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the exaggerations of a vanquished people. He Q H.A.P.
calculates, that a ball, even of two hundred pounds, would require a charge of one hundred and fifty pounds of powder; and that the stroke would be feeble and impotent, since not a fifteenth part of the mass could be inflamed at the same moment. A stranger as I am to the art of destruction, I can discern that the modern improvements of artillery prefer the number of pieces to the weight of metal; the
quickness of the fire to the sound, or even the conse
quence of a single explosion. Yet I dare not reject
sternation of the Turks. But that adventurous traveller docs not possess the art of gaining our confidence.
C H. A. P. LXVIII. *-yMahomet II. forms the siege of Constantinople. A. D. 1453, April 6.
prayers the assistance of earth and heaven. But the invisible powers were deaf to his supplications; and Christendom beheld with indifference the fall of Constantinople, while she derived at least some promise of supply from the jealous and temporal policy of the Sultan of Egypt. Some states were too weak, and others too remote; by some the danger was considered as imaginary, by others as inevitable. The Western princes were involved in their endless and domestic quarrels; and the Roman Pontiff was exasperated by the falsehood or obstinacy of the Greeks. Instead of employing in their favour the arms and treasures of Italy, Nicholas the Fifth had foretold their approaching ruin; and his honour was engaged in the accomplishment of his prophecy. Perhaps he was softened by the last extremity of their distress; but his compassion was tardy ; his efforts were faint and unavailing; and Constantinople had fallen, before the squadrons of Genoa and Venice could sail from their harbours ". Even the princes of the Morea and of the Greek islands affected a cold neutrality. The Genoese colony of Galatia negociated a private treaty ; and the Sultan indulged them in the delusive hope, that by his clemency they might survive the ruin of the em
- / pire. .
* Non audiwit, indignum ducens, says the honest Antoninus; but as the Roman court was afterwards grieved and ashamed, we find the more courtly expression of Platina, in animo fuisse pontifici juvare Graecos, and the positive assertion of AEneas Sylvius, structam classem. &c. (Spond. A. D. 1453, No. 3.).
pire. A plebeian crowd, and some Byzantine CHA.P.
nobles, basely withdrew from the danger of their country; and the avarice of the rich denied the Emperor, and reserved for the Turks, the secret treasures which might have raised in their defence whole armies of mercenaries *. The indigent and solitary prince prepared, however, to sustain his formidable adversary; but if his courage were equal to the peril, his strength was inadequate to the contest. In the beginning of the spring, the Turkish vanguard swept the towns and villages as far as the gates of Constantinople: submission was spared and protected; whatever presumed to resist was exterminated with fire and sword. The Greek places on the Black Sea, Mesembria, Acheloum, and Bizon, surrendered on the first summons; Selybria alone deserved the honours of a siege or blockade; and the bold inhabitants, while they were invested by land, launched their boats, pillaged the opposite coast of Cyzicus, and sold their captives in the public market. But on the approach of Mahomet himself, all was silent and prostrate; he first halted at the distance of five miles; and from thence advancing in battle-array, planted before the gate of St Romanus the Imperial standard; and, on the sixth day * Antonin. in Proem.—Epist. Cardinal. Isidor. apud Spon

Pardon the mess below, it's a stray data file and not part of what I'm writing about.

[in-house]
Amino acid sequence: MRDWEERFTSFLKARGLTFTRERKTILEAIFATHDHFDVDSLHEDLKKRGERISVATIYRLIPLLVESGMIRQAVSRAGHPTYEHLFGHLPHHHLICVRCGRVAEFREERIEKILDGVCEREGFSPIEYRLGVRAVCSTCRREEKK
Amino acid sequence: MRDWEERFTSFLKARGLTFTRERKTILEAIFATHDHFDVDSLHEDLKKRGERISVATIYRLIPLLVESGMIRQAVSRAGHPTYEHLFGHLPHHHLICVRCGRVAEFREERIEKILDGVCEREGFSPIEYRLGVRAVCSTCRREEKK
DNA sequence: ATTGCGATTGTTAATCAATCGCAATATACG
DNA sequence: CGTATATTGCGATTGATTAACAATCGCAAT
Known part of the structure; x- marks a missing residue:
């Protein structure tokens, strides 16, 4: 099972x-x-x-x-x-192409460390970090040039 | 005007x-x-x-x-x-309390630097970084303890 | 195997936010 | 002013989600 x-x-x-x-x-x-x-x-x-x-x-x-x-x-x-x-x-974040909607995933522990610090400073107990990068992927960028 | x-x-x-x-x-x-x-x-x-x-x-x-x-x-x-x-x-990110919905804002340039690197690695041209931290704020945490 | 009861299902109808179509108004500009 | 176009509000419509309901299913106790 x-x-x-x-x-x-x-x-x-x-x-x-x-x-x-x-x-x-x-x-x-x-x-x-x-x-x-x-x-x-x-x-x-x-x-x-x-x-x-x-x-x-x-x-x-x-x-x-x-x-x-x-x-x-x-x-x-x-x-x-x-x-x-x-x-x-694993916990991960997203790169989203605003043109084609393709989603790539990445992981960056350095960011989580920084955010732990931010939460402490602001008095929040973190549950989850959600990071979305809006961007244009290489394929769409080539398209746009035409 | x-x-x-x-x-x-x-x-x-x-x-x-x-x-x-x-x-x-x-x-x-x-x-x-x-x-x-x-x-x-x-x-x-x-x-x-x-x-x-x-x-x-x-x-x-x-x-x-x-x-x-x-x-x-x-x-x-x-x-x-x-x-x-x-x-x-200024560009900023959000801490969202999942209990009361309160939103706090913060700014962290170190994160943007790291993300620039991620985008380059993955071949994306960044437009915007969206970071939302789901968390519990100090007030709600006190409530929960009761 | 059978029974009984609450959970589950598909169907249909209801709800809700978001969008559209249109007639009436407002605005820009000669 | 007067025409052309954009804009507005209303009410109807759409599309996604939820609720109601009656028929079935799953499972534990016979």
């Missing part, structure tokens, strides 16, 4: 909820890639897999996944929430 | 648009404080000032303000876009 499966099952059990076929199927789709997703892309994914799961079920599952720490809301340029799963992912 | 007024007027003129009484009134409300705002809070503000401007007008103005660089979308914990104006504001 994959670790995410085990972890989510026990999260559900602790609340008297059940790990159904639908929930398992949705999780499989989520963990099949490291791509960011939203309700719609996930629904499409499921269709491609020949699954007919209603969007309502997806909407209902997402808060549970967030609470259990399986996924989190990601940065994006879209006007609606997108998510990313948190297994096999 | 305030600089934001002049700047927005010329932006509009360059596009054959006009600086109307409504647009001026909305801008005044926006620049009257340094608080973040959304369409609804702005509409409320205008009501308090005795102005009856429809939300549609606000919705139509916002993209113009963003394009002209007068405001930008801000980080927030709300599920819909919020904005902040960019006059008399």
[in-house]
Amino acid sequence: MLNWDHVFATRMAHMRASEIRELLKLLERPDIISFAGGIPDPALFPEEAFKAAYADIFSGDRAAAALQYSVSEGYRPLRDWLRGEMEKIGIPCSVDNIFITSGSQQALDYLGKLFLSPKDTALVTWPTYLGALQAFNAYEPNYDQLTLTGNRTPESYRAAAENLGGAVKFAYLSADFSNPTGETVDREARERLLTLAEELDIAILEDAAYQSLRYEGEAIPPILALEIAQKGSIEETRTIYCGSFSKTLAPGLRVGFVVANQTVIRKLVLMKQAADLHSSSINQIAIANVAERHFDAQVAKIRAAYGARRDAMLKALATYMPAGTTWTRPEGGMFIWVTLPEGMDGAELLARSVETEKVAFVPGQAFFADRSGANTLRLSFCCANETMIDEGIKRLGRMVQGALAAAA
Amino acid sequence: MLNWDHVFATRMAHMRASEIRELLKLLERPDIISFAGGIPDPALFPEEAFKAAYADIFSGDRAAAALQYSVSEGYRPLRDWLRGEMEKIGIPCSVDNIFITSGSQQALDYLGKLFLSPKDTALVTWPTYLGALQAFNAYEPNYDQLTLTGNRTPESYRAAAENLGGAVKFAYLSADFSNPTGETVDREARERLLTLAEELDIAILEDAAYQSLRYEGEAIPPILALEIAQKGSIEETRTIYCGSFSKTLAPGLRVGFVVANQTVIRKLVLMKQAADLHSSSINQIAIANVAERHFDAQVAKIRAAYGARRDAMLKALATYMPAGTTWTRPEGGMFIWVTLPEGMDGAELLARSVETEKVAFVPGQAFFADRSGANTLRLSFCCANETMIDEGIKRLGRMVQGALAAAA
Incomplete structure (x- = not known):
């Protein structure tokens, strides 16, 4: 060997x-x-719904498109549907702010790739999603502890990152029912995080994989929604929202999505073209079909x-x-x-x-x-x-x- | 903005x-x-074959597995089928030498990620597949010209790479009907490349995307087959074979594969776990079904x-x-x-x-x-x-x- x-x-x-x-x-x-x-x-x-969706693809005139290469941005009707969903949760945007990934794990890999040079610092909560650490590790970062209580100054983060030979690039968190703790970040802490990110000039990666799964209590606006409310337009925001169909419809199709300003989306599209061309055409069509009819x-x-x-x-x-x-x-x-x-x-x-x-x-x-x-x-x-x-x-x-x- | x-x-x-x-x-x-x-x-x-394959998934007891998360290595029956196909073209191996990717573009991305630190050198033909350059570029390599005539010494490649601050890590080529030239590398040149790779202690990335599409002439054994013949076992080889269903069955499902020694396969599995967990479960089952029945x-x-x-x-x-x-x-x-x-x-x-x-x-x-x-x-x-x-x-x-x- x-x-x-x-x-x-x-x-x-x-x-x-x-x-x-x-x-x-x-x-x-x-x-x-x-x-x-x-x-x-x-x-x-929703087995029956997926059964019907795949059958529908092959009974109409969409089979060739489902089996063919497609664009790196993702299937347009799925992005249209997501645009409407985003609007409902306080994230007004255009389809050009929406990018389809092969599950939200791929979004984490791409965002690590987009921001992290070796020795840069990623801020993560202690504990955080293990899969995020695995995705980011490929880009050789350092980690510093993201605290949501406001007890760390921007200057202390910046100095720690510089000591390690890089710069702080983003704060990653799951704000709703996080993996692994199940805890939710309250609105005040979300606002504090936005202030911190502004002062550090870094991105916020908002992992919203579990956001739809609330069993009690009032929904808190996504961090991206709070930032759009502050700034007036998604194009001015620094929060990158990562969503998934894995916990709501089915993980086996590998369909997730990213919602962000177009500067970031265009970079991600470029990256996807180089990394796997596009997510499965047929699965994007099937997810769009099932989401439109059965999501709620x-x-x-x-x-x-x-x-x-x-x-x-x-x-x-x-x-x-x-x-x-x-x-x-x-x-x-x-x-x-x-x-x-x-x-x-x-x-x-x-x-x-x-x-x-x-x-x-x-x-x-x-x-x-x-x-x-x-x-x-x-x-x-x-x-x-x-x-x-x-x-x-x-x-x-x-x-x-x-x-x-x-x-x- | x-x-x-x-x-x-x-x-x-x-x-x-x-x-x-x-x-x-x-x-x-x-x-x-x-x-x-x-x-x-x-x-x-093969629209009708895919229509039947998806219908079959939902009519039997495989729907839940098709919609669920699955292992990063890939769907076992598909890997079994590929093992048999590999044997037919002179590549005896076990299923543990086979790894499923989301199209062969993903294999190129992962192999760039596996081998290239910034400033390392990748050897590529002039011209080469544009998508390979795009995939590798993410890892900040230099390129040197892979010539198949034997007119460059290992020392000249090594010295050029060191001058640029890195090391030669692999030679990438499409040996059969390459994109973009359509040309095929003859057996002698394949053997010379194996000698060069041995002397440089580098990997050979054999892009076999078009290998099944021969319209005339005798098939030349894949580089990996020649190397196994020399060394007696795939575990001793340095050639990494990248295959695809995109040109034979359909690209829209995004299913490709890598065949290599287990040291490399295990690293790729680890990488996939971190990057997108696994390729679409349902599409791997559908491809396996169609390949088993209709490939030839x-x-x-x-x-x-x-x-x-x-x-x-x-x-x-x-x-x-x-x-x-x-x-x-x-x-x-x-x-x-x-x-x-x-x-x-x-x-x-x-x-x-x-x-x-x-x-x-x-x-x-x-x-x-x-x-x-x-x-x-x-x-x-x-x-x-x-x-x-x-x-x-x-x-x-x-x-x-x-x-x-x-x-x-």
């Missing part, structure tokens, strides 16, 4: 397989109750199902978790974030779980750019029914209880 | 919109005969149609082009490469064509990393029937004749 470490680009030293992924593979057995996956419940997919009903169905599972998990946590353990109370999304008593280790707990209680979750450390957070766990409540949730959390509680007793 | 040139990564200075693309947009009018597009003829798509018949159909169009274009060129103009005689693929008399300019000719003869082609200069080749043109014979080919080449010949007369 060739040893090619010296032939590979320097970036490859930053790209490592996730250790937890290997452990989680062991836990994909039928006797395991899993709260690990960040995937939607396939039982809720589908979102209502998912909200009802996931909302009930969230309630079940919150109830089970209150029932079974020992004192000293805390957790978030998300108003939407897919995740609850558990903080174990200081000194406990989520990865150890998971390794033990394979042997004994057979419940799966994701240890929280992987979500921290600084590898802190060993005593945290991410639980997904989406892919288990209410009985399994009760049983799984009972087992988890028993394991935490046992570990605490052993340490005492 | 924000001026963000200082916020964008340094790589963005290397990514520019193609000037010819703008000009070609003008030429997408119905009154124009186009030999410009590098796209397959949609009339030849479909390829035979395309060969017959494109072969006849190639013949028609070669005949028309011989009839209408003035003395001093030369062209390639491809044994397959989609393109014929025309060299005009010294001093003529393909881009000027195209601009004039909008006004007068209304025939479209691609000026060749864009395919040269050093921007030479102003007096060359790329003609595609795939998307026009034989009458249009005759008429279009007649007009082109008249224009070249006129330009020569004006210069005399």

danum; and Dr Johnson, in the tragedy of Irene, has happily
seized this characteristic circumstance :
day of April, formed the memorable siege of Con-
* The palatine troops are styled Copieuli, the provincials, Seratrul: ; and most of the names and institutions of the Turkish militia existed before the Canon Namth of Soliman II. from which, and his own experience, Count Marsigli has composed his military state of the Ottoman empire.
by Ducas, Chalcondyles, and Leonard of Chios, to c H.A. P.”
the amount of three or four hundred thousand men; but Phranza was a less remote and more accurate judge; and his precise definition of two hundred and fifty-eight thousand does not exceed the measure of experience and probability”. The navy of the besiegers was less formidable; the Propontis was overspread with three hundred and twenty sail; but of these no more than eighteen could be rated as gallies of war; and the far greater part must be degraded to the condition of storeships and transports, which poured into the camp fresh supplies of men, ammunition, and provisions. In her last decay, Constantinople was still peopled with more than an hundred thousand inhabitants; but these numbers are found in the accounts, not of war, but of captivity; and they mostly consisted of mechanics, of priests, of women, and of men devoid of that spirit which even women have sometimes exerted for the common safety. I can suppose, I could almost excuse, the reluctance of subjects to serve on a distant frontier, at the will of a tyrant; but the man who dares not expose his life in the defence of his children and his property, has lost in society the first and most active energies of nature. By the Emperor's command, a particular inquiry had been made through the streets and houses, how many * The observation of Philelphus is approved by Cuspinian in the year 1508, (de Caesaribus, in Epilog. de Militiã Turcica, p. 697.). Marsigli proves, that the effective armies of the Turks are much less numerous than they appear. In the
army that besieged Constantinople, Leonardus Chiensis reckons no more than 15,000 Janizaries.
of the Greeks.